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Allogeneic hematopoietic stem cell transplantation in children with primary immunodeficiencies: Hospital Israelita Albert Einstein experience

Author(s): Juliana Folloni Fernandes | Fabio Rodrigues Kerbauy | Andreza Alice Feitosa Ribeiro | Jose Mauro Kutner | Luis Fernando Aranha Camargo | Adalberto Stape | Eduardo Juan Troster | Gabriele Zamperlini-Netto | Alessandra Milani Prandini de Azambuja | Bruna Carvalho | Mayra de Barros Dorna | Marluce dos Santos Vilela | Cristina Miuki Abe Jacob | Beatriz Tavares Costa-Carvalho | Jose Marcos Cunha | Magda Maria Carneiro-Sampaio | Nelson Hamerschlak

Journal: Einstein
ISSN 1679-4508

Volume: 9;
Issue: 2;
Start page: 140;
Date: 2011;
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Keywords: Immunologic deficiency syndromes | Hematopoietic stem cell transplantation | Child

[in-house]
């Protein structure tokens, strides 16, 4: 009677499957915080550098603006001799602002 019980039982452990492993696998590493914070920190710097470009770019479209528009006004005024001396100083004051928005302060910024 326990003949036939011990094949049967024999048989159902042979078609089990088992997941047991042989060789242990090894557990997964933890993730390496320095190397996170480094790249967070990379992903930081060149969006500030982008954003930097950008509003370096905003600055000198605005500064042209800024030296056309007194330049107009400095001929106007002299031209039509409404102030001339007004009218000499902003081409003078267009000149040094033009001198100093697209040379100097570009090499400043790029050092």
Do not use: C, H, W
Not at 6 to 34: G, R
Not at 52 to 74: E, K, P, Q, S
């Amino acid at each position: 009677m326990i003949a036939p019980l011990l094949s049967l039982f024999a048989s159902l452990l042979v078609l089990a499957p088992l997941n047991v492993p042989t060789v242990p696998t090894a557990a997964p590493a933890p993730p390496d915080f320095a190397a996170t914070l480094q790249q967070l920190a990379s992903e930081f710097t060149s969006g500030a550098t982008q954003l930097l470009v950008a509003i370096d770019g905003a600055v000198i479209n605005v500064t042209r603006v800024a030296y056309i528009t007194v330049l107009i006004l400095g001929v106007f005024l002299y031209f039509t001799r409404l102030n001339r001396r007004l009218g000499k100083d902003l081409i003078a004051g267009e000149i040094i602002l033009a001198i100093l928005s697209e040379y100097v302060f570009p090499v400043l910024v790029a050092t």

Objective: To report the experience of a tertiary care hospital withallogeneic hematopoietic stem cell transplantation in children withprimary immunodeficiencies. Methods: Seven patients with primaryimmunodeficiencies (severe combined immunodeficiency: n = 2;combined immunodeficiency: n = 1; chronic granulomatous disease:n = 1; hyper-IgM syndrome: n = 2; and IPEX syndrome: n = 1)who underwent eight hematopoietic stem cell transplants (HSCT)in a single center, from 2007 to 2010, were studied. Results: Twopatients received transplants from HLA-identical siblings; the othersix transplants were done with unrelated donors (bone marrow: n= 1; cord blood: n = 5). All patients had pre-existing infectionsbefore hematopoietic stem cell transplants. One patient receivedonly anti-thymocyte globulin prior to transplant, three transplantswere done with reduced intensity conditioning regimens and fourtransplants were done after myeloablative therapy. Two patientswere not evaluable for engraftment due to early death. Three patientsengrafted, two had primary graft failure and one received a secondtransplant with posterior engraftment. Two patients died of regimenrelated toxicity (hepatic sinusoidal obstruction syndrome); one patient died of progressive respiratory failure due to Parainfluenza infection diagnosed prior to transplant. Four patients are alive and well from 60 days to 14 months after transplant. Conclusion: Patients’ status prior to transplant is the most important risk factor on the outcome of hematopoietic stem cell transplants in the treatment of these diseases. Early diagnosis and the possibility of a faster referral of these patients for treatment in reference centers may substantially improve their survival and quality of life.
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